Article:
Sponsored by HP®
When we think of air pollution, the first thought of many may be of factory chimneys spewing smoke or highways packed with cars. However, contaminants that impact air quality exist not only outside, but inside our homes and workplaces, and can potentially come from inconspicuous sources. One such source could be your printer – more specifically the ink and toner you use. By using the rigorously tested supplies made by HP®, you can help limit exposure to harmful air pollutants.
Why Should Indoor Air Quality Be a Priority?
Think back on your typical week – how much time did you spend inside? Probably a significant amount, especially because of the current global pandemic. You’re not alone either – on average Americans spend about 90% of their time inside where the concentrations of some pollutants are often 2 to 5 times higher than concentrations typically are outside. In the last few decades, concentrations of pollutants indoors have increased. This is due to increased use of synthetic building materials, furnishings, personal care products, pesticides, and household cleaners. Exposure to these contaminants can cause short- and long-term health issues – from headaches and sore throats, to more serious illnesses (United States Environmental Protection Agency).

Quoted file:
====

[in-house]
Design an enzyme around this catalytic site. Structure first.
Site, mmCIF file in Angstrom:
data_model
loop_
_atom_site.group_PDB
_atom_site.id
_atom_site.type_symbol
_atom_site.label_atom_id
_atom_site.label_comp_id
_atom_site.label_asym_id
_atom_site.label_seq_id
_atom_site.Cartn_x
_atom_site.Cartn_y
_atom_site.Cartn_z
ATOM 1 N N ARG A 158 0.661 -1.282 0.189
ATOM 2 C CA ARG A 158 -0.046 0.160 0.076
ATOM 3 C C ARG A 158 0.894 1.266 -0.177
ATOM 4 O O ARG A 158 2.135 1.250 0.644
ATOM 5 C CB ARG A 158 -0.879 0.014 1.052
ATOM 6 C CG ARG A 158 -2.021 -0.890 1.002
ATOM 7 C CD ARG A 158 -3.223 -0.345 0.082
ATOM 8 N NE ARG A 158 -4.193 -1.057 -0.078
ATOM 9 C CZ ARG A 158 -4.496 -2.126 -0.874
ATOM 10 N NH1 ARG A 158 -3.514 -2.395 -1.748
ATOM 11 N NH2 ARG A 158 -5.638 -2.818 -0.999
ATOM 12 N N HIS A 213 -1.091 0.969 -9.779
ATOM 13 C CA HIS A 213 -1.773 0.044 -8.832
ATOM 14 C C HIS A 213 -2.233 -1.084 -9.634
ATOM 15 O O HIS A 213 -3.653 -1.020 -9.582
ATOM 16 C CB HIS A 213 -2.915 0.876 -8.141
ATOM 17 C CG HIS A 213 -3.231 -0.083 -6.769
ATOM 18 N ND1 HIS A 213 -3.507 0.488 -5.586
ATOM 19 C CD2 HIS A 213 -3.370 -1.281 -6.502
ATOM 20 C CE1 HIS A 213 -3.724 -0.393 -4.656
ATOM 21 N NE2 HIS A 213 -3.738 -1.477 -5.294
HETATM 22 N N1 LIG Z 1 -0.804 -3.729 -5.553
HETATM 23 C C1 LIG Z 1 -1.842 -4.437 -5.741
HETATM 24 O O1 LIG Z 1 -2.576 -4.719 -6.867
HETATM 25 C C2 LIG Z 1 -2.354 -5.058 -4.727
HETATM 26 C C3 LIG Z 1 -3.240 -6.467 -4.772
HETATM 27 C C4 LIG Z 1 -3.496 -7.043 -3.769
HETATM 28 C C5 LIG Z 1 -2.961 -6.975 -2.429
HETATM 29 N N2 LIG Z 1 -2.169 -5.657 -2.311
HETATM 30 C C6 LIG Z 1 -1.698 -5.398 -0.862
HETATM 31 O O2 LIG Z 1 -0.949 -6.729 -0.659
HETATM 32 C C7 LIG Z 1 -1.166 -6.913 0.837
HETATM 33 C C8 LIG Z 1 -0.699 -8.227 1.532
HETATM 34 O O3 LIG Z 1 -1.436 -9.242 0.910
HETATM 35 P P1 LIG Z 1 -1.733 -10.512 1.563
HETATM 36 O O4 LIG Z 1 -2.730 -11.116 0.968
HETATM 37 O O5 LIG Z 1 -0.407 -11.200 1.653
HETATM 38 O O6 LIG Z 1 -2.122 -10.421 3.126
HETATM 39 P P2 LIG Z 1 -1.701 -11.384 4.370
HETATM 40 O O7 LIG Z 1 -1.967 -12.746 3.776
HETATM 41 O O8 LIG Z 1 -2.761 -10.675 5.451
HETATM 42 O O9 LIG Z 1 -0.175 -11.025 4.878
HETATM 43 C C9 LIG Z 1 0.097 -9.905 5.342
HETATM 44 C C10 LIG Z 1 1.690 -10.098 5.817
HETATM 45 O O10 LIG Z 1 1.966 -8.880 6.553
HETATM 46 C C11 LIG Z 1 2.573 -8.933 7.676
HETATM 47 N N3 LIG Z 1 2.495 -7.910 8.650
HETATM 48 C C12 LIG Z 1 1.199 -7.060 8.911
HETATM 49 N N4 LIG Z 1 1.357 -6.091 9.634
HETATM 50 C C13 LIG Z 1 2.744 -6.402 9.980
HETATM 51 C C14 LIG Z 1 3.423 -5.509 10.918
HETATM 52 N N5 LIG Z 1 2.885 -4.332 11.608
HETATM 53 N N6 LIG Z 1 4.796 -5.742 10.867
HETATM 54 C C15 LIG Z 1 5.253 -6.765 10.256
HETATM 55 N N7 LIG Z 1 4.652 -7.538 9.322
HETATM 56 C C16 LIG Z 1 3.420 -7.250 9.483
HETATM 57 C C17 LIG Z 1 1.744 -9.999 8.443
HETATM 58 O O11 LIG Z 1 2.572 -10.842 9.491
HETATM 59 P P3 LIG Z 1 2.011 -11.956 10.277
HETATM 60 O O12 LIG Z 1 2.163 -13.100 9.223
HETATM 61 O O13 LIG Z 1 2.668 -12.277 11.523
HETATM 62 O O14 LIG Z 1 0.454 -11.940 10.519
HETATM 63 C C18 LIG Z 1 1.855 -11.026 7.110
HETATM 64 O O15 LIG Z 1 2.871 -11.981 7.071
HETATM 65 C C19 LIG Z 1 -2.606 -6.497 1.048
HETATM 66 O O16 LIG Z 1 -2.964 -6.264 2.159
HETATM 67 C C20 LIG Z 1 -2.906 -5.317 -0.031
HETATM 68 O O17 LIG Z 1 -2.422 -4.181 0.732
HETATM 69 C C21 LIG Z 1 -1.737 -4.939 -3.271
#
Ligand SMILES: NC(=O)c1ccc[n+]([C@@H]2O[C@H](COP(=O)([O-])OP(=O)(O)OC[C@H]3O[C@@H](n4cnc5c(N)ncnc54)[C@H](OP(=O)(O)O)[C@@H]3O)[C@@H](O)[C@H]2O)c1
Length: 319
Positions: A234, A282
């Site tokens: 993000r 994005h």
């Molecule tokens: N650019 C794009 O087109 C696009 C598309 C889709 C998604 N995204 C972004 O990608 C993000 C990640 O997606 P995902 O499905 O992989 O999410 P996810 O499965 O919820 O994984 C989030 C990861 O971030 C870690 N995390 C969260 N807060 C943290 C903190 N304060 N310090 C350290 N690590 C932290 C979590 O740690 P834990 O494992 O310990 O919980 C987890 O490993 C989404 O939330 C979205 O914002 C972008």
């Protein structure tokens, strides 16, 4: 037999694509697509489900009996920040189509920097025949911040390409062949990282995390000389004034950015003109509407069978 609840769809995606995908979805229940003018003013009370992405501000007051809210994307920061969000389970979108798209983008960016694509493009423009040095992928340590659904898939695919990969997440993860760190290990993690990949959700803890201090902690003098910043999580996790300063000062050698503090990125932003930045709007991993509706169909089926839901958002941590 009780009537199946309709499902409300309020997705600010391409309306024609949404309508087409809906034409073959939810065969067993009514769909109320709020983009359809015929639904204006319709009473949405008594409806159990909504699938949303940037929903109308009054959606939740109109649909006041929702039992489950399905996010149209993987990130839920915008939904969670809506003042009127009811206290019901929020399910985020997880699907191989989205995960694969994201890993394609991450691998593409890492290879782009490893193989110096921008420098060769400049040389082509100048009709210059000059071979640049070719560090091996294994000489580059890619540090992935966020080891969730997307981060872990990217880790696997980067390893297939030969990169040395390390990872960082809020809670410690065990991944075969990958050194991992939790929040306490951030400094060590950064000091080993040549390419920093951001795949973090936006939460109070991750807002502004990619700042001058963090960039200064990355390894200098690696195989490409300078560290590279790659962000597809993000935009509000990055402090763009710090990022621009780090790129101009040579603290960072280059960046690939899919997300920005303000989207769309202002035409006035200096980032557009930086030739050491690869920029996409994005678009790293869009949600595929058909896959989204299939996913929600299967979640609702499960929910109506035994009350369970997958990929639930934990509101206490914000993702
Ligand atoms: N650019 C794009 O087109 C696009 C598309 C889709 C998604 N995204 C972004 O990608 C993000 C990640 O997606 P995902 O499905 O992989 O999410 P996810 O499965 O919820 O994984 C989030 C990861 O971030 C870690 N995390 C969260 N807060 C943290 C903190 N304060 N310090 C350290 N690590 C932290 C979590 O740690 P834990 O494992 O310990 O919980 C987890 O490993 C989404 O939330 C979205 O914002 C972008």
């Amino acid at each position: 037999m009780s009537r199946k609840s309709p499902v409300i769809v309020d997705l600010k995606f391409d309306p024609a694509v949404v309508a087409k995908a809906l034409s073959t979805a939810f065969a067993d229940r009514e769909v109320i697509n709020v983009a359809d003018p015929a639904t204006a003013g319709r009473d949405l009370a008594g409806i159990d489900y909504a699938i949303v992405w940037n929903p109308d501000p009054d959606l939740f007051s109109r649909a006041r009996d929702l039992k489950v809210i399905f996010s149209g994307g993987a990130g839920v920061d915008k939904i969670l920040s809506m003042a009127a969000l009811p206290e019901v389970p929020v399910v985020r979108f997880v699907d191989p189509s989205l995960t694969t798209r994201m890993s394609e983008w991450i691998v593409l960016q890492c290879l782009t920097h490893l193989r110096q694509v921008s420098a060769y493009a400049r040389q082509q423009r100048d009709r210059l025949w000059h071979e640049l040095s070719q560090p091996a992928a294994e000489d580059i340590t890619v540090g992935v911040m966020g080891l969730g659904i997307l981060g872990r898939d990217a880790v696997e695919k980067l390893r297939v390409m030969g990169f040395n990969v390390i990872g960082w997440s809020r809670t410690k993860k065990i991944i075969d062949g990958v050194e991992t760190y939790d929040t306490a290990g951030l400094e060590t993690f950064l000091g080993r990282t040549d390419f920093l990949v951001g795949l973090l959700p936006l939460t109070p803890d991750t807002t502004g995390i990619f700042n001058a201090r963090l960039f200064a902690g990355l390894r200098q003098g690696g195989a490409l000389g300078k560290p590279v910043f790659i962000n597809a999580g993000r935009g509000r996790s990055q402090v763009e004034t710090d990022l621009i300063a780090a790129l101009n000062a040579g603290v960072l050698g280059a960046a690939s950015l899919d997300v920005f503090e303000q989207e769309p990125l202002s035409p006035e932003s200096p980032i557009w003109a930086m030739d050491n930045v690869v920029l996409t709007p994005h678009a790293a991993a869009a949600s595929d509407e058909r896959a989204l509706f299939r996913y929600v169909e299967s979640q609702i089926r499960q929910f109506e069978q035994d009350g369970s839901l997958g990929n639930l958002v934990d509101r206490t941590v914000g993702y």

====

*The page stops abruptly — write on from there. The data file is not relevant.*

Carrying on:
How Can We Improve Indoor Air Quality?
1. HP Development Company, L.P. “HP Indoor Air Quality”. 2020. PDF File.
2. United States Environmental Protection Agency. “Indoor Air Quality”, 2018, https://www.epa.gov/report-environment/indoor-air-quality. Accessed 7 Aug 2020.
1Electronic Product Environmental Assessment Tool (EPEAT®), managed by the Green Electronics Council of the International Sustainability Development Foundation (ISDF). See greenelectronicscouncil.org/epeat-criteria/. For printing systems, the IEEE Standard for Environmental Assessment of Imaging Equipment (IEEE Std 1680.2-2012) is applied. EPEAT registration varies by country. See epeat.net for registration status by country. 2U.S. Occupational Safety and Health Administration (OSHA), PELs-TWA, 29 CFR 1910.1000 Z-1/Z-2, 2006. 3World Health Organization (WHO), Air Quality Guidelines for Europe, 2nd edition, 2000.